It is also important to remember that the rate at which a person’s body converts the calories in food into energy varies individually, and not everyone has the same calorie needs. In addition, an individual’s metabolic rate can change over time.

Metabolic Disorders And Weight Gain

Hormones, which are produced through the endocrine system, play a large role in the regulation of metabolism. In particular, the thyroid gland produces hormones, which affect the rate in which metabolism takes place. There are certain disorders of the thyroid gland which affect and lead to unintentional weight gain or loss. Two of the most common disorders are hyperthyroidism and hypothyroidism.

Hyperthyroidism occurs when excess thyroid hormones are released into the body, due to an overactive thyroid gland. These hormones cause metabolism to speed up, which may lead to weight loss. Hypothyroidism is the opposite condition and develops when the thyroid gland in inactive. Too few hormones are released into the body and metabolism slows down, which can result in weight gain.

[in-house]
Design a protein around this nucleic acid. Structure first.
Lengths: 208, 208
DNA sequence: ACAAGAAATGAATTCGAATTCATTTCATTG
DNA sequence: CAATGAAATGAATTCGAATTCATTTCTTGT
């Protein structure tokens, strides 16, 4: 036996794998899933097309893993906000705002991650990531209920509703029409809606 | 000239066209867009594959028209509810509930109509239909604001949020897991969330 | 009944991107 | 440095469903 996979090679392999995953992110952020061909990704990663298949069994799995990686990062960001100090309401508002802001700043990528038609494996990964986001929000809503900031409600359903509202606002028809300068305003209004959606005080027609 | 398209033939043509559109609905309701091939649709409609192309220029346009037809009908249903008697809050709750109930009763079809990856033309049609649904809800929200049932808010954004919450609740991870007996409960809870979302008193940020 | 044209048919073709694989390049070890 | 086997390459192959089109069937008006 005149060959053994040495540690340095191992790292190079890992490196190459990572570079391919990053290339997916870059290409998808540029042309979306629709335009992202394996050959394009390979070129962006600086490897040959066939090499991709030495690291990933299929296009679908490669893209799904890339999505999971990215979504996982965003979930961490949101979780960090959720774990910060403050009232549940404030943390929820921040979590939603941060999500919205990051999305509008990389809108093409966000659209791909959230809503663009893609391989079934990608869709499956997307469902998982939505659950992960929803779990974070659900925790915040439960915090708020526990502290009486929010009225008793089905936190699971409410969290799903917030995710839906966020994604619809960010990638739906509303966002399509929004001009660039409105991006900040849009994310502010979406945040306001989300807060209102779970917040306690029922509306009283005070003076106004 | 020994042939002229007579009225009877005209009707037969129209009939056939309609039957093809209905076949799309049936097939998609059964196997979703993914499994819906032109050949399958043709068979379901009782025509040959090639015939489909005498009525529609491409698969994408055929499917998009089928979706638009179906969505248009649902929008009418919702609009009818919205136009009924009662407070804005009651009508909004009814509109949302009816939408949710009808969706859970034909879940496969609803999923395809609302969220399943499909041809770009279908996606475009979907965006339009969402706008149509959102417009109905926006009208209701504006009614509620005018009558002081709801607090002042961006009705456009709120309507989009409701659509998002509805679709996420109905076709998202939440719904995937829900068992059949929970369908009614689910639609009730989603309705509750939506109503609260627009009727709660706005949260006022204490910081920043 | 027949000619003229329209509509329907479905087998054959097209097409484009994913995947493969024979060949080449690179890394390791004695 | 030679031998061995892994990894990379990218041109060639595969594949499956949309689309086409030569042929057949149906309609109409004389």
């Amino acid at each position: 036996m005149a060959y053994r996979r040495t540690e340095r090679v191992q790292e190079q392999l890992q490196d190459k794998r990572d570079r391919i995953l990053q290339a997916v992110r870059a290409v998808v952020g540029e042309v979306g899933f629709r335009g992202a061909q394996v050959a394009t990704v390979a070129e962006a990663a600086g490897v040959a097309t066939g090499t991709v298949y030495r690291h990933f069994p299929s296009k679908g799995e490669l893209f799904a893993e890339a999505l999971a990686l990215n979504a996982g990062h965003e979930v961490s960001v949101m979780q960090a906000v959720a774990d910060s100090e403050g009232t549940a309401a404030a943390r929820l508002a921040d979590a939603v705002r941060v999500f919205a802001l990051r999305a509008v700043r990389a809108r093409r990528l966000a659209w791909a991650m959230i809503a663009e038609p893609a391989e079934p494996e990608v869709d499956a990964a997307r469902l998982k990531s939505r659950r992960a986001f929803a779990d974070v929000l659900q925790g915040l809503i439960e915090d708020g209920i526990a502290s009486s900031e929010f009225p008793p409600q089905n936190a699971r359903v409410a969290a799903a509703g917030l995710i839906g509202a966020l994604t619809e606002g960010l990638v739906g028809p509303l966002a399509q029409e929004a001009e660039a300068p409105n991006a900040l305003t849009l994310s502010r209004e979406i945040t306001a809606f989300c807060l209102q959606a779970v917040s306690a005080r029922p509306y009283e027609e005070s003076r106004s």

Ways To Increase Metabolism

Although some factors, which contribute to metabolism, can not be controlled, there are a few things which can be done to increase metabolism and possibly increase a person’s ability to lose weight.

  • Make sure to eat enough. Eating too few calories and restricting diet too much can have an impact on your weight. What happens is, the body reacts to fewer calories by believing it is being starved, so it slows metabolism down. However, eating small, frequent meals may be a little boost for the metabolism. Every time a person eats, the body needs to use energy to digest the food.
  • Don’t skip breakfast. According to Penn State University, metabolism slows down during sleep. The morning meal helps get the metabolism revved up. (To learn more about the importance of breakfast, read Top 10 Benefits Of Eating Breakfast.)
  • Exercise regularly including strength training. Increasing lean muscle mass may increase metabolism to some extent. As lean muscle is increased in the body, calories are used at a faster rate.
  • Take supplements. Certain vitamins and supplements, such as green tea extract and vitamin B may boost metabolic rate.

While it is clear a person’s metabolic rate may play a role in weight management, it is not the only factor that should be looked at, according to The Mayo Clinic. Eating unhealthy, fatty foods, overeating and living a sedentary lifestyle all contribute to weight gain and are usually more to blame than a slow metabolism. Still, it’s important to understand the role metabolism can play in weight management. With proper knowledge, certain changes can be made to increase metabolism, which can help in reaching weight loss goals.